Five things : Dave Brubeck, divergent questioning, two year olds, Countes Becca, Martin Luther King, Jr.
Blue Rondo à la Turk.
I can enjoy conversations with a wide variety of people, but one thing I don't ever see happening is me getting along with somebody who has anything - and I mean anything - negative to say about Dave Brubeck's 1959 masterpiece Blue Rondo à la Turk. Oftentimes great songs, and especially great jazz, can take repeated listenings to really get into. Not Blue Rondo. Consider rotating into your Sunday morning listening schedule for the rest of your life. You're welcome.
I have been processing and cross-pollinating the synthesis of two ideas the last couple weeks. Number one, the idea of framing. The way we choose to frame our approach to a particular situation, decision, or problem.
Number two, the idea of divergent questioning; the antithesis of convergent questioning, in which questions are asked that have closed and absolute answers. Divergent questions might be described more simply as open-ended; questions that invite ideas and excitement; that generate possibilities and enthusiasm and snowball into more questions. Divergent questioning also involves giving up a certain amount of ego or expertise and acknowledging that in tackling a particular situation or problem, often the best thing you can do first off is to ask the best question possible...which brings us back to the importance of framing.
So how do we frame our approach to anything, family or social or work or creative or logistical or whatever, in a way that
prioritizes divergent questions
and invites ways to solve or approach it that get us excited about tackling it?
Please, let him get humor, and a small bit of buried news.
Our two-year old. Technically, 27-month old, or 2.25 year old, or 2 1/4, etc. but counting in months starts to get ridiculous after...two. In the last two weeks, it is astounding the leaps he has made. Probably a greater two-week evolution than any period that comes to mind in his lifetime thus far. He is drawing frenetically, frantically, and frequently, and they have started to become recognizably representational; generally as family members or Sesame Street characters.
And humor, oh thank you, thank you thank you God and universe for helping him to not have a dreadful sense of humor, or to simply lack one period. It appears that he has one that is functioning, as evidenced by his pleasure in adding "poop" to the end (or beginnings) of words and deliberately referring to uncles as "aunties;" something which sends him into hysterical gigglings.
Sadly, he consistently skips over six and seven when he's counting to ten. Child specialist visits, here we come.*
Oh, we're 20 weeks into the new little one coming along. This is what functions as an announcement; buried on this little blog on this little post halfway through.
I approach big information a little like super rich people approach cell phones: the wealthier you are these days, the more you seem to divorce yourself of functional "necessities" like mobile phones. The more important the information and news we have to share, the less inclined we are to share it to the world en masse. Sometimes scarcity is what makes something special; sometimes that's the very definition.
My fave hygienist (and person on most days).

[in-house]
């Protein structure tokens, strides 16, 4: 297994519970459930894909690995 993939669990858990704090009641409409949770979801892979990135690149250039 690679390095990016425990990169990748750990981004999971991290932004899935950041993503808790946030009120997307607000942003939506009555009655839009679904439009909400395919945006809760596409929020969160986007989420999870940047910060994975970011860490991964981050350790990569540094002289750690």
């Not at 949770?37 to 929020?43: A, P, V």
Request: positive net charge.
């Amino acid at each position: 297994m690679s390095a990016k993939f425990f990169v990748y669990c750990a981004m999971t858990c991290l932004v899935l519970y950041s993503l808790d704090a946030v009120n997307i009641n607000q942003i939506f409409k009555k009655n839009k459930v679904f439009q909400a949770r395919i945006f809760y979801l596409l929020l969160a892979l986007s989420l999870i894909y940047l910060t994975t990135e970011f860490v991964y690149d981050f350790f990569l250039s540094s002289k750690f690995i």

Becca has been attending a dental convention the past two days. The children and I have embarked on transit adventures throughout Portland during a large chunk of this time, but that is for another time and for when I have the energy to properly highlight and embellish those tales.
Regarding Becca: I am so proud of the way she approaches these classes. Continuing Education (CE) is required for her field. At some point during the year she needs to get a certain number of credits to keep an active license. Back to that whole idea of framing: there are plenty of people who grumble and groan about having to go through the process every year of attending CE courses.
Not Becca. She is a learner. An educator at heart; someone who actively seeks improved ways of doing her job and broadening the parameters of what it means to serve others in a professional capacity. She has approached her career with both confidence and humility as long as I've known her - which is her entire career. :) Every year it is more amazing to me how she performs work that is physically exhausting and often emotionally draining, yet she consistently frames her experiences with patients in the most positive ways and constantly looks for the good in the people she interacts with.
She frames her CE required courses as opportunities; as a chance to improve. Instead of coasting, of gliding through and doing the minimum possible, of finding the fastest, easiest classes; of joining the inevitable choruses in any field of grumbling...she has chosen to quietly, confidently, humbly get everything possible out of these courses. Not just attend. Not just listen and take a few notes. Not just sign in to get it over with.
She goes to these and she comes back with ideas and excitement and is full of enthusiasm about new and fresh ways to be a better hygienist.
What a wonderful example. She is a living example to me of one of my fave quotes:
“If a man is called to be a street sweeper, he should sweep streets even as a Michaelangelo painted, or Beethoven composed music or Shakespeare wrote poetry. He should sweep streets so well that all the hosts of heaven and earth will pause to say, 'Here lived a great street sweeper who did his job well.”
- Dr. Martin Luther King, Jr.
I love that.
I love her.
I love how she illuminates the world around and constantly seeks, quietly and humbly, to improve.